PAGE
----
There is a common misconception that trans-catheter therapies are inherently associated with fewer strokes. This is an observation that has not been demonstrated in many of the high-profile studies. Furthermore, there are growing concerns that the neurologic events that patients experience after trans-catheter therapies occur after the index hospitalization in which the procedure is performed. For example, one study exploring a Medicare database of over 44,000 patients suggested an 86% greater risk of ischemic stroke and a six-fold increase risk of hemorrhagic stroke after trans-catheter therapies when compared to conventional surgery, with many of the events occurring in subsequent readmissions to the hospital within the first year [19]. In fact, the 90-day readmission rate for neurologic events after TAVR was substantially higher than many other cardiac and non-cardiac procedures, including left ventricular assist device placement, cardiac catheterization, surgical aortic valve replacement, and coronary artery bypass procedures [20]. Clearly, the risk of neurologic events after catheter-based valvular interventions requires further objective review.

Such concerns have resulted in a substantial increase in the development and utilization of cerebral protection devices during TAVR. Despite the inherent appeal and considerable cost associated with these protection devices, definitive data demonstrating a clinical improvement and reduction in neurologic events is still lacking [21, 22]. Nevertheless, this is an area of tremendous research and development [23, 24].

4.2 Pacemaker rates

There is no doubt, as demonstrated in almost every major study of TAVR, that this procedure is associated with a much greater risk for needing a permanent pacemaker when compared to conventional surgery. While conduction abnormalities are not uncommon after valve surgery, there is growing concern that the need for a pacemaker after TAVR is neither trivial nor benign. Some large-scale studies suggest a four-fold increase in the need for permanent pacemaker after TAVR [25]. While the long-term consequences of needing a pacemaker are still unclear, especially since the short and long-term natural history of conduction problems after valve replacement is variable, there is evidence to suggest that the need for a pacemaker is associated with worse long-term survival in these patients [26]. Considering the growing emphasis on early discharge and the concern that some of the conduction abnormalities might be physiologically significant and not present until after the index hospitalization, the consequences of such events is still unclear [27].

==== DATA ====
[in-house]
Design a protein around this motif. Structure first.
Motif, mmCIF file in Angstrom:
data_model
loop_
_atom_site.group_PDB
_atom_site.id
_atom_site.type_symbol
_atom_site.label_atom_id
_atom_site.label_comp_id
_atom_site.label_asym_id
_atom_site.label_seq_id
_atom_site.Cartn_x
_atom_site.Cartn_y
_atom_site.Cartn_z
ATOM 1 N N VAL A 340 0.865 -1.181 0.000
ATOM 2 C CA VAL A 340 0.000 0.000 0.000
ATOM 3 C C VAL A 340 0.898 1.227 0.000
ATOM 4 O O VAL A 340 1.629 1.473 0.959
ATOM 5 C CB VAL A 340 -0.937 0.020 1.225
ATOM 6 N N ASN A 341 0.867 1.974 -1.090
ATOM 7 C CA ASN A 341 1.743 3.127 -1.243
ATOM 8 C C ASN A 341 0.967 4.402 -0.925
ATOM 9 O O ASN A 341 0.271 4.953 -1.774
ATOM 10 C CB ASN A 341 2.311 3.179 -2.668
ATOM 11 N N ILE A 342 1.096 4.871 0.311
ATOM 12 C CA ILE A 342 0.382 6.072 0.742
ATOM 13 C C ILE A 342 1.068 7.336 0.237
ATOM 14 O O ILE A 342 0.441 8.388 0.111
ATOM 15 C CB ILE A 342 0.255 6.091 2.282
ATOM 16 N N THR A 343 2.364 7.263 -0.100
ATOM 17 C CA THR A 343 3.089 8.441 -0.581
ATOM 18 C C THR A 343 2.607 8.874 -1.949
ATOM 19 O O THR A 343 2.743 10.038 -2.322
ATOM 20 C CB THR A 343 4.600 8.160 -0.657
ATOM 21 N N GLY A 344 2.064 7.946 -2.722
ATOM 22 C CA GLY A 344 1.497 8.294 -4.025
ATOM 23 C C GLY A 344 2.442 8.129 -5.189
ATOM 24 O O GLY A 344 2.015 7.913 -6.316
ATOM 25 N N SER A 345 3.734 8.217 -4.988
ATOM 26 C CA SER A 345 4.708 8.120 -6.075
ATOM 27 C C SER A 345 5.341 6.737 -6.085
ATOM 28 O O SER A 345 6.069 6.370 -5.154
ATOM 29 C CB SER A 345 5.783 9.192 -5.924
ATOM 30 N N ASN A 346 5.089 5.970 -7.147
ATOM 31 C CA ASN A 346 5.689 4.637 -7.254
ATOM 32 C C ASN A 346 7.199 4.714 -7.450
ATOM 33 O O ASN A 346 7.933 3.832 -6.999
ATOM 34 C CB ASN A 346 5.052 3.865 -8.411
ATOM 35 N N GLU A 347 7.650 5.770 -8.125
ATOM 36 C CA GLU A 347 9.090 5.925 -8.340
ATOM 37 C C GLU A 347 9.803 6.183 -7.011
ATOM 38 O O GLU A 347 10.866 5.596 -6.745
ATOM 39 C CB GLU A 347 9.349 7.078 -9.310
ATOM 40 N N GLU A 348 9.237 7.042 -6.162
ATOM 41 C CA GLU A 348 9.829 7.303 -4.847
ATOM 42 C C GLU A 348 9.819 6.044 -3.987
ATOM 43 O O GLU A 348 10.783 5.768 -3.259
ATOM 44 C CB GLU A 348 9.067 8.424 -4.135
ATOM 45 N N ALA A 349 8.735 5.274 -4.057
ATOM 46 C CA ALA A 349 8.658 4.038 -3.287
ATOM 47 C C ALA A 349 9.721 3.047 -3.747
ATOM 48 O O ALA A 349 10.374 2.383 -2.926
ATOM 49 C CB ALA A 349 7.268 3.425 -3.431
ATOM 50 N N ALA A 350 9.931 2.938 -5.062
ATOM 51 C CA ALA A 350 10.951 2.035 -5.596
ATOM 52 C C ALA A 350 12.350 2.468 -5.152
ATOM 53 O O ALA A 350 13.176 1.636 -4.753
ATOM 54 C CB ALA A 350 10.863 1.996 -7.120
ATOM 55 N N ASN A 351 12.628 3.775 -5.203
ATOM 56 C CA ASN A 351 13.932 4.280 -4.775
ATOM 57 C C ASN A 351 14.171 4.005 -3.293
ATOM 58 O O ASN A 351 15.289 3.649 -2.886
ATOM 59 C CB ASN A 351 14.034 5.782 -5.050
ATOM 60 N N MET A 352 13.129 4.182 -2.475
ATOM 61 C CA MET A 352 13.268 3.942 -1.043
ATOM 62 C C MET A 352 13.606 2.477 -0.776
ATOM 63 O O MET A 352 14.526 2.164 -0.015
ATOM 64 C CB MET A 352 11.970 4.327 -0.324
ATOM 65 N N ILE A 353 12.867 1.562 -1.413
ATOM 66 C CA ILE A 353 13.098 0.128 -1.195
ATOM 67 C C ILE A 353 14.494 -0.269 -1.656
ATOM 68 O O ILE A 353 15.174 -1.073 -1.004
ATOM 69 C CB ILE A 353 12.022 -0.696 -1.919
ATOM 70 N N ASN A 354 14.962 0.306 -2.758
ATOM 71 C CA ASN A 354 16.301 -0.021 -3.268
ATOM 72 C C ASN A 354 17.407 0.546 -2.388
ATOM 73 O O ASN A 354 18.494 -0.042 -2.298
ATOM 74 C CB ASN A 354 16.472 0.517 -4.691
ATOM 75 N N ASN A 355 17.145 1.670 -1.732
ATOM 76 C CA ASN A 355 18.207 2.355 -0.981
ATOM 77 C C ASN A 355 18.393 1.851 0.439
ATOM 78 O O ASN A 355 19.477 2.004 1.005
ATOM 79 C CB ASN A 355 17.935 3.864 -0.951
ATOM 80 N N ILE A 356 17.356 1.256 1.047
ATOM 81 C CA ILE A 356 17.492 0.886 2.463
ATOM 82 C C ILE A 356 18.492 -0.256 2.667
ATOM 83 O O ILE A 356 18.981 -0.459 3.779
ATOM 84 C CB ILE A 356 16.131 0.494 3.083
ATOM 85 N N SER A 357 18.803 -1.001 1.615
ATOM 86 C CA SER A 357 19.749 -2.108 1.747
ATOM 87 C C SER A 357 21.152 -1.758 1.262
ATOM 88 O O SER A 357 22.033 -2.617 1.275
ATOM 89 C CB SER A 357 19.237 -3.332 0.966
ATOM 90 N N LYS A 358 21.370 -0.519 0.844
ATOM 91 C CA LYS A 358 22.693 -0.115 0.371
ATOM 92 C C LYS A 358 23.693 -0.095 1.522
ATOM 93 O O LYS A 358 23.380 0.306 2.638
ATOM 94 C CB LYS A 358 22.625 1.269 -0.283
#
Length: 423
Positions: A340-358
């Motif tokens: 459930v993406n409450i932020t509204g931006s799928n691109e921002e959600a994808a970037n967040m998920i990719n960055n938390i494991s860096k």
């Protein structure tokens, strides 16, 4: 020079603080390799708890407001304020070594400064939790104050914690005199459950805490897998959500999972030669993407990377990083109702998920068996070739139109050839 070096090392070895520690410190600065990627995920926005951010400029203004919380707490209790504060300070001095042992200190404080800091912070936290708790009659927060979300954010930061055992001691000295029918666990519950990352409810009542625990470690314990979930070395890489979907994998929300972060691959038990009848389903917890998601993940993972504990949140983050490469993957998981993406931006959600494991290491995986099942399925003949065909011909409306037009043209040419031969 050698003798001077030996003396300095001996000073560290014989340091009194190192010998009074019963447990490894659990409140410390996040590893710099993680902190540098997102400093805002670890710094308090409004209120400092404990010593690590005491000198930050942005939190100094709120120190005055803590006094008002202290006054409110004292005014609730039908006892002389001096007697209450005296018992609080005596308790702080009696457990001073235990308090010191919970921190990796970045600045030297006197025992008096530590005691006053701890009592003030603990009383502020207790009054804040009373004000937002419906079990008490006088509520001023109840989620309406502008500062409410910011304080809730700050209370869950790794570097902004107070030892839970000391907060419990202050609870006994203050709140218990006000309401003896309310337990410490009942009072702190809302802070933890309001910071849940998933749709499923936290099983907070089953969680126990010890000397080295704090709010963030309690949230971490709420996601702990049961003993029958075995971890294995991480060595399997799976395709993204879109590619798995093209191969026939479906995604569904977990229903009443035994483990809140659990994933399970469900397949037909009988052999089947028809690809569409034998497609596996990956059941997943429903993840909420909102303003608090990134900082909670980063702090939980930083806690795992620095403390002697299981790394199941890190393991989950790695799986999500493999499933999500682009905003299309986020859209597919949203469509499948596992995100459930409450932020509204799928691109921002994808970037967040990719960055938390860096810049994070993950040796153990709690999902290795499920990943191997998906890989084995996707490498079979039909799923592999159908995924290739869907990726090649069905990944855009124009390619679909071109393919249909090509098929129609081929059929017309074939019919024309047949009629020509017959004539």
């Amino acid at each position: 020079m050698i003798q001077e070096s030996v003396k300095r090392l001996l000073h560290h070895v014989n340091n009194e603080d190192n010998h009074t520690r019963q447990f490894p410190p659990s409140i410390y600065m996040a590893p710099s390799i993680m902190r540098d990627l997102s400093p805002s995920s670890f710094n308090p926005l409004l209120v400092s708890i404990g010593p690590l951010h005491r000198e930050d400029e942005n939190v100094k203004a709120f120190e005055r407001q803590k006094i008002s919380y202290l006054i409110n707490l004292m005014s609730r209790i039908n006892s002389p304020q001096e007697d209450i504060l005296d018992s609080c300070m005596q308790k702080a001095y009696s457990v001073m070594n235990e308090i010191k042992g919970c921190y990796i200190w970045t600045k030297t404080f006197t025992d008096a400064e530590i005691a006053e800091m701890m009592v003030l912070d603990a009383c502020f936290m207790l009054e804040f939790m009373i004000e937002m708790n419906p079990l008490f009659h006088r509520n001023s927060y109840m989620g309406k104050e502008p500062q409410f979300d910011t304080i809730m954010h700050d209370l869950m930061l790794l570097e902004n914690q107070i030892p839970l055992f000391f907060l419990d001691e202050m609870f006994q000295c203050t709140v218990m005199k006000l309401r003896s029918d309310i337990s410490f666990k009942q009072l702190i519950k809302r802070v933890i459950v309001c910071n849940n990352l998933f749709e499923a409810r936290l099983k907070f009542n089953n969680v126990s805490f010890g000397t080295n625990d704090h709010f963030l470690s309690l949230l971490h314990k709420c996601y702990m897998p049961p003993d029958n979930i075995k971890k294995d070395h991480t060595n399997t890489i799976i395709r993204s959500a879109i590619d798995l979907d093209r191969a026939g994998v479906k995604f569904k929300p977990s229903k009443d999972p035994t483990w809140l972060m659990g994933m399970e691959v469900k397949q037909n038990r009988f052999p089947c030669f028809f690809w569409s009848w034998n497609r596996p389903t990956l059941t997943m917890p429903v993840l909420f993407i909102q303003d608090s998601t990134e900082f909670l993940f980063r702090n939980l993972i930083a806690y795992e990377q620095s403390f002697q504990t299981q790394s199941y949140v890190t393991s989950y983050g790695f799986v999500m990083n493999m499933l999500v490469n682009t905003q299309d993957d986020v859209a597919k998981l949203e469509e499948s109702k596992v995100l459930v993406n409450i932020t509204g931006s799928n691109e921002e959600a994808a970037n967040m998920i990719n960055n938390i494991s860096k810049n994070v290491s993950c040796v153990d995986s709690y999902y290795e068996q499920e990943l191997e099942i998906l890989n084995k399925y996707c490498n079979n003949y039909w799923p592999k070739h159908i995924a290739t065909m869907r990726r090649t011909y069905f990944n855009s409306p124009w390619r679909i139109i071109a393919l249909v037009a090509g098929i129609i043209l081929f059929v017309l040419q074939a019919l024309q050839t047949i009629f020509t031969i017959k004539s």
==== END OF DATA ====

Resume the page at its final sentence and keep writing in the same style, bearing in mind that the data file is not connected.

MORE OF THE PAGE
4.3 Paravalvular leaks

Unlike surgical valve replacement in which the existing stenotic calcified valve is physically removed, TAVR inserts and expands against the existing valve. This fundamental difference in the two procedures can explain why TAVR is still associated with a significantly higher rate of paravalvular leaks – especially in those with eccentric valve pathology or bicuspid valves [28]. Again, the long-term significance of paravalvular leaks is incompletely defined, but without a doubt, those patients with at least moderate leaks have a much worse survival at 2 years than those with mild or less leaks. The PARTNER 2 study, as previously discussed above, demonstrated a 34% risk of mortality in patients with moderate to severe paravalvular leaks, when compared to the 13-14% risk in those with none, trace, or mild leaks [29]

4.4 Durability and cost

Durability and cost remain a considerable concern regarding catheter-based therapies. Although costs vary significantly depending on the intrinsic structure of a health-care system, conflicting evidence regarding the short- and long-term costs of different types of therapy for valvular disease exists. Without a doubt, a surgical valve is substantially less expensive than a catheter-based valve, but the overall costs of the hospitalization and short-term rehabilitation needs might be more. However, factoring in the needs for pacemakers, stroke management, and concomitant coronary disease, there is growing concern surrounding the real-world costs for catheter-based therapies – especially as an increasing number of patients with advanced comorbidities, age, and poor functional status are being treated prior to dying [30, 31].

4.5 Coronary artery interventions

Especially with patients who are older and have multiple comorbidities, the incidence of coronary artery disease further challenges clinical decision-making. Again, despite the appeal of catheter-based solutions to treat both obstructive coronary disease and aortic valve pathology, definitive data directing one therapeutic option over another is lacking. In fact, many of the initial studies exploring the outcomes of one approach over another specifically excluded concomitant coronary procedures or those patients with significant obstructive disease. Nevertheless, criticism of some of the more recent low risk trials is that the surgical patients had a much higher intrinsic risk profile because of the need for concomitant coronary revascularization. In addition, structural characteristics of artificial valves also raises concerns regarding difficulties in coronary access in patients with previous valve replacements (both surgical and TAVR) and further suggests the importance of complete revascularization at the time of definitive valve therapies. As mentioned, many studies specifically excluded patients with combined aortic stenosis and coronary artery disease, and current guidelines tend to favor surgery considering the limitations of the data [32, 33]. Preliminary data also suggests that patients undergoing coronary stenting prior to TAVR may have worse outcomes and increased need for re-interventions due to major adverse cardiac and cerebrovascular events [34, 35].

4.6 Repeat interventions